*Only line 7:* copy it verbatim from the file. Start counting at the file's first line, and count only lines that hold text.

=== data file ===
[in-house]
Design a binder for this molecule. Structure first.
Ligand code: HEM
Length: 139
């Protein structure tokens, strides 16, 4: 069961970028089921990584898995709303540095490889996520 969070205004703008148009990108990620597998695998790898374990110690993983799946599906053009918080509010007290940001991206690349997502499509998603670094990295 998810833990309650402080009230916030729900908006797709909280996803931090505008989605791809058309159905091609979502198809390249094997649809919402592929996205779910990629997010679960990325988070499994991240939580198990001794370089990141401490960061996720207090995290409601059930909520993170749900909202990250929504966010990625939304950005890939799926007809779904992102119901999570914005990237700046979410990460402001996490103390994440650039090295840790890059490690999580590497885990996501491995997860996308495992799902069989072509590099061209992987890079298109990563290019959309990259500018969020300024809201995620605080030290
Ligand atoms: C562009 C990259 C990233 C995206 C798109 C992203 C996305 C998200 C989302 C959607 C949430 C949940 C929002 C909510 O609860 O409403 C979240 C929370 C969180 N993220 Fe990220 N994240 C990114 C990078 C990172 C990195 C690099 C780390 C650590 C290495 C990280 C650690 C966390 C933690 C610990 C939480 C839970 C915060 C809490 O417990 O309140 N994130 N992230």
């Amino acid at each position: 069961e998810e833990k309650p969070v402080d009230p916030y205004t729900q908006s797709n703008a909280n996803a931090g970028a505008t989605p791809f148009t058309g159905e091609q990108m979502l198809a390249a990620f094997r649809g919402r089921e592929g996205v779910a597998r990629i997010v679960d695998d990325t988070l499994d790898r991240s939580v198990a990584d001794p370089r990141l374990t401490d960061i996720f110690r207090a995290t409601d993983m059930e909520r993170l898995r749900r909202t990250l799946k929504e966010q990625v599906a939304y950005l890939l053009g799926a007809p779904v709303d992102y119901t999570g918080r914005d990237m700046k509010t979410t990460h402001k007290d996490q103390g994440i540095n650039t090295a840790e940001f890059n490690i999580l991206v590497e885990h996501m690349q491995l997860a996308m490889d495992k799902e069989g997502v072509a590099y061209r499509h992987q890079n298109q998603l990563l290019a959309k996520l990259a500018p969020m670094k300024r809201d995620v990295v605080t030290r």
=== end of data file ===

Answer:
């Amino acid at each position: 069961e998810e833990k309650p969070v402080d009230p916030y205004t729900q908006s797709n703008a909280n996803a931090g970028a505008t989605p791809f148009t058309g159905e091609q990108m979502l198809a390249a990620f094997r649809g919402r089921e592929g996205v779910a597998r990629i997010v679960d695998d990325t988070l499994d790898r991240s939580v198990a990584d001794p370089r990141l374990t401490d960061i996720f110690r207090a995290t409601d993983m059930e909520r993170l898995r749900r909202t990250l799946k929504e966010q990625v599906a939304y950005l890939l053009g799926a007809p779904v709303d992102y119901t999570g918080r914005d990237m700046k509010t979410t990460h402001k007290d996490q103390g994440i540095n650039t090295a840790e940001f890059n490690i999580l991206v590497e885990h996501m690349q491995l997860a996308m490889d495992k799902e069989g997502v072509a590099y061209r499509h992987q890079n298109q998603l990563l290019a959309k996520l990259a500018p969020m670094k300024r809201d995620v990295v605080t030290r």